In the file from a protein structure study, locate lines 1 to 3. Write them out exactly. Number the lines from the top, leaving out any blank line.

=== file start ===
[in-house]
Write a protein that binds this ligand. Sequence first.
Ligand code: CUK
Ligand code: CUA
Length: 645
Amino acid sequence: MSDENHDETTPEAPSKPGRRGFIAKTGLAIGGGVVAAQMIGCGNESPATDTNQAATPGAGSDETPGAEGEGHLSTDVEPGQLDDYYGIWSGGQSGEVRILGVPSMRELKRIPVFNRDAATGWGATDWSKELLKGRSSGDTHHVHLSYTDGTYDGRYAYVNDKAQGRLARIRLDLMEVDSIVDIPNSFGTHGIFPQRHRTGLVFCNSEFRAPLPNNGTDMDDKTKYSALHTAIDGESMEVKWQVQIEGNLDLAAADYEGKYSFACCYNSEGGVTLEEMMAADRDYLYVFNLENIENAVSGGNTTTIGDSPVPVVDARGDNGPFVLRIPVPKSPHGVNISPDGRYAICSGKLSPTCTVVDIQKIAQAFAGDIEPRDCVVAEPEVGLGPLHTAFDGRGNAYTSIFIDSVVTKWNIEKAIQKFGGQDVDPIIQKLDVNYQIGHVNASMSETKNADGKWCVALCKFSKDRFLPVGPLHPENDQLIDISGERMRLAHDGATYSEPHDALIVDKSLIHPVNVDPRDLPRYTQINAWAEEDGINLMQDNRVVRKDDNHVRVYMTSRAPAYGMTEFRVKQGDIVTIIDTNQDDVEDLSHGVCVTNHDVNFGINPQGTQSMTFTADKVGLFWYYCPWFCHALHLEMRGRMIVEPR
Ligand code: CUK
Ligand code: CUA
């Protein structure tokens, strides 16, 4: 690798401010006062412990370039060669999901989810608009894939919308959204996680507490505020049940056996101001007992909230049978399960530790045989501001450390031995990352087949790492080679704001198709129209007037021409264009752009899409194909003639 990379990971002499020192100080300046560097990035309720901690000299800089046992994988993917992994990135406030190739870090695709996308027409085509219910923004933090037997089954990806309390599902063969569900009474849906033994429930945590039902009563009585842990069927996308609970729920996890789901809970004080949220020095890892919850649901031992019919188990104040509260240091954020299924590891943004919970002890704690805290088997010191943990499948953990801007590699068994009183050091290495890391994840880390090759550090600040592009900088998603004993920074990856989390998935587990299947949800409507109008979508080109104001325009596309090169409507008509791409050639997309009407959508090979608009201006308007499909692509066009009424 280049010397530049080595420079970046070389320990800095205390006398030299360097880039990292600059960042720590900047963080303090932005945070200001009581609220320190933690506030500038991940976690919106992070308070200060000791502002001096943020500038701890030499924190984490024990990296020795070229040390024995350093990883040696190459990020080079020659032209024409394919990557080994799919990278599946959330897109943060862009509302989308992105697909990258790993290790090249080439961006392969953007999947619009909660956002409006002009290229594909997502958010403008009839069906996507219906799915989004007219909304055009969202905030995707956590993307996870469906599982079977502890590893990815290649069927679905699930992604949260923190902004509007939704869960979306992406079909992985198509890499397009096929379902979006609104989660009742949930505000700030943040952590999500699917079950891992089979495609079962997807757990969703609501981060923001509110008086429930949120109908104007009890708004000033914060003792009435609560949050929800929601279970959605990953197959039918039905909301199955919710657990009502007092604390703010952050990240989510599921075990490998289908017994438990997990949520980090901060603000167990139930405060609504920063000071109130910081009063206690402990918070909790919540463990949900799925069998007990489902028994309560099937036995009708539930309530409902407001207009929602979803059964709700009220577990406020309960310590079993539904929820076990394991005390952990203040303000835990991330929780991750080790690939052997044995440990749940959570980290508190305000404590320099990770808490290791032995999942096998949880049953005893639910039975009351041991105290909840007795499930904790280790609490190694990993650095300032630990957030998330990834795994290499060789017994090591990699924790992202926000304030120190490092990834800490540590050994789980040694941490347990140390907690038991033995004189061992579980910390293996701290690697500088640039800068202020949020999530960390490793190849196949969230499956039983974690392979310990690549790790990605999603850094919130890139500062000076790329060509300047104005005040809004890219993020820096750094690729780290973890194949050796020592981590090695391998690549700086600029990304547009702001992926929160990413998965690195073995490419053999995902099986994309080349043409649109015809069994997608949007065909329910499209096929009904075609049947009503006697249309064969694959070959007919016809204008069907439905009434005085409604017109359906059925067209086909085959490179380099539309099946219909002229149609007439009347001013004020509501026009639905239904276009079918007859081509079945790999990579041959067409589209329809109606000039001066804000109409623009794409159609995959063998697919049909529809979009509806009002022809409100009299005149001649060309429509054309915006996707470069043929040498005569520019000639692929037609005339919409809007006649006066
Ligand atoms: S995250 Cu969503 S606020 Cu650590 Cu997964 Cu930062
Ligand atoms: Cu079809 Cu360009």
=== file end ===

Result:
[in-house]
Write a protein that binds this ligand. Sequence first.
Ligand code: CUK